GPOs getting asked the tough questions again
The recent inquiry by the Senate into GPO contracting practices resurfaces a number of concerns that seem to continually reoccur. The inquiry asks the seven big GPOs to provide more information on bidding processes, sole and dual source agreements, bundling and the flow of administrative fees. The last time these practices were probed, GPO contract throughput was somewhere around $80 billion in 2005 – increasing to over $130 billion in 2008.
Often the GPOs compensate their members and owners for purchases from their contracts with share backs that are essentially overages of funds used by the GPO to cover operations. These share backs have grown possibly three- to four-fold since the Senate judiciary committee first inquired into GPOs in 2002.
The Safe Harbor may be in jeopardy, not because these share backs put upward pressure on prices, but because of how the hospitals account for the revenue. If the Safe Harbor is rescinded, it will be fascinating to see the fee structure GPOs put forward.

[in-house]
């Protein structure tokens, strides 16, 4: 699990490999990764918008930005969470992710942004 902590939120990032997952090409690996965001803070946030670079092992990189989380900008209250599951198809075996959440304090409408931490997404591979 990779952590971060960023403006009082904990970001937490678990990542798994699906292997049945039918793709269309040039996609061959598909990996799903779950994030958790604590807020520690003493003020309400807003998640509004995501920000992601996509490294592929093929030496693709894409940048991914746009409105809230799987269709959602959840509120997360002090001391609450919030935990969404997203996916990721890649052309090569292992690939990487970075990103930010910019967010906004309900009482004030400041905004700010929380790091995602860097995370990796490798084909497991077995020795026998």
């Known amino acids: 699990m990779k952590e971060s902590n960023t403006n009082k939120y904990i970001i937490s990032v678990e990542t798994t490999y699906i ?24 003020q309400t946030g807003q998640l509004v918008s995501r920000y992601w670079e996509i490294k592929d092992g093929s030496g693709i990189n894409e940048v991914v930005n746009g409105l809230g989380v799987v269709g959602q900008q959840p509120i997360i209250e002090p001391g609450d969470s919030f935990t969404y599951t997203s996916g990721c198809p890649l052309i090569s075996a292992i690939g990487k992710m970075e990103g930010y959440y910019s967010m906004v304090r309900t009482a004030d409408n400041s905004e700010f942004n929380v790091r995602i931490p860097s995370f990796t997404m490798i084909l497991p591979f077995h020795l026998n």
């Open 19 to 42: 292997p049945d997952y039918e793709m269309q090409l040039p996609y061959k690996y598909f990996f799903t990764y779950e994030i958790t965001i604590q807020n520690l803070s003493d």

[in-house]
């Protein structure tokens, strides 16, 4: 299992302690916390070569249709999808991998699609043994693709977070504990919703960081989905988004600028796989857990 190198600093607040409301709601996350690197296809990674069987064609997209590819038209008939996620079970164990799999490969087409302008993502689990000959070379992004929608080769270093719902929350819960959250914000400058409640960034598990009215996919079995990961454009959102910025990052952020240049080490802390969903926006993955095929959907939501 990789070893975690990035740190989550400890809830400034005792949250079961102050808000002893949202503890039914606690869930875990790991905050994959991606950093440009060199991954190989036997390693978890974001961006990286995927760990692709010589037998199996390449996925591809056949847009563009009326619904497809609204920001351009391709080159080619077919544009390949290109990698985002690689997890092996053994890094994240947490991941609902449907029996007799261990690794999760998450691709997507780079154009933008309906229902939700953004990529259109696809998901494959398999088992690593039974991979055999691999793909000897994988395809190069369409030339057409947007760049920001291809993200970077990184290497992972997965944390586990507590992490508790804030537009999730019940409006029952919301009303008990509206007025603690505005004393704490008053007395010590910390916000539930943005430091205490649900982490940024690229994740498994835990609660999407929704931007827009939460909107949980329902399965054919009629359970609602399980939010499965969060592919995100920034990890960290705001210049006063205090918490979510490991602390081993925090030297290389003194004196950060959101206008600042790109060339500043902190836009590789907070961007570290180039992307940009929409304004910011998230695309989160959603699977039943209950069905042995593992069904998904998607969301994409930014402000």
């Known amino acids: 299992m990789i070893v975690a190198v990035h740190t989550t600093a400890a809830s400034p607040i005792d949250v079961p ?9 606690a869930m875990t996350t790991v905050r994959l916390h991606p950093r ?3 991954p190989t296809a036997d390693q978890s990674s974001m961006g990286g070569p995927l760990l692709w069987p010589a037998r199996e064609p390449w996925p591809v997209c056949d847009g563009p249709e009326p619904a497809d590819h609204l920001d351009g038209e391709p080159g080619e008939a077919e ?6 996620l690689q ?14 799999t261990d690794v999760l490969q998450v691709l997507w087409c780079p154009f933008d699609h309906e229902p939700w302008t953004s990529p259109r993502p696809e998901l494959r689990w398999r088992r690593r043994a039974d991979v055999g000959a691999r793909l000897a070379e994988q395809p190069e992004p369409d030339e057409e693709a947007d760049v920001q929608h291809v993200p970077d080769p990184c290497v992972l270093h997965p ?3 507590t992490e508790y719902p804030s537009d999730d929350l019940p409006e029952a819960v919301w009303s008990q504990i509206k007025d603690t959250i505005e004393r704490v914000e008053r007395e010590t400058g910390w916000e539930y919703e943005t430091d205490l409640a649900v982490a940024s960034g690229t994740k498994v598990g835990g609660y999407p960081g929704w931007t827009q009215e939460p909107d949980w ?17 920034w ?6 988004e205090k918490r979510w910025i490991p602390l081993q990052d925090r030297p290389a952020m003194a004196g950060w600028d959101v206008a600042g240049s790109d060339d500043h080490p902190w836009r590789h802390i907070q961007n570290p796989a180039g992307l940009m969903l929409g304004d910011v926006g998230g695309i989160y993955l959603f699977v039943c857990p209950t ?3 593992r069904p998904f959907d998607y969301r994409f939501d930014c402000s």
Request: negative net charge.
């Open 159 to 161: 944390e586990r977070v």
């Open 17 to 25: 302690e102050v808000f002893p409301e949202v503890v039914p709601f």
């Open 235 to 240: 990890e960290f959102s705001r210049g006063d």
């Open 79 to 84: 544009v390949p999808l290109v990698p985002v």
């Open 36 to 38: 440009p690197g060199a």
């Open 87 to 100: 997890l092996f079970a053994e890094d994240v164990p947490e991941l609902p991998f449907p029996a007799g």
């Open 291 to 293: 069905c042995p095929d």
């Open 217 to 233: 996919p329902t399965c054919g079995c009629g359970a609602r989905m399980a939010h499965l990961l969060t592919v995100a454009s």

Many people believe GPOs will have to charge a fee to hospitals for access to their negotiated contracts. So instead of hospitals receiving as high as six-figure checks, they will pay thousands in fees to get access to the negotiated prices. That change could be quite a budget shock to our nation’s hospitals.
In all the press, conjecture and posturing that swirls around GPO scrutinization that seems to happen every few years, you never really hear that many of the GPOs are owned by the hospitals using their contracts, and that every year they increase that utilization by billions of dollars.
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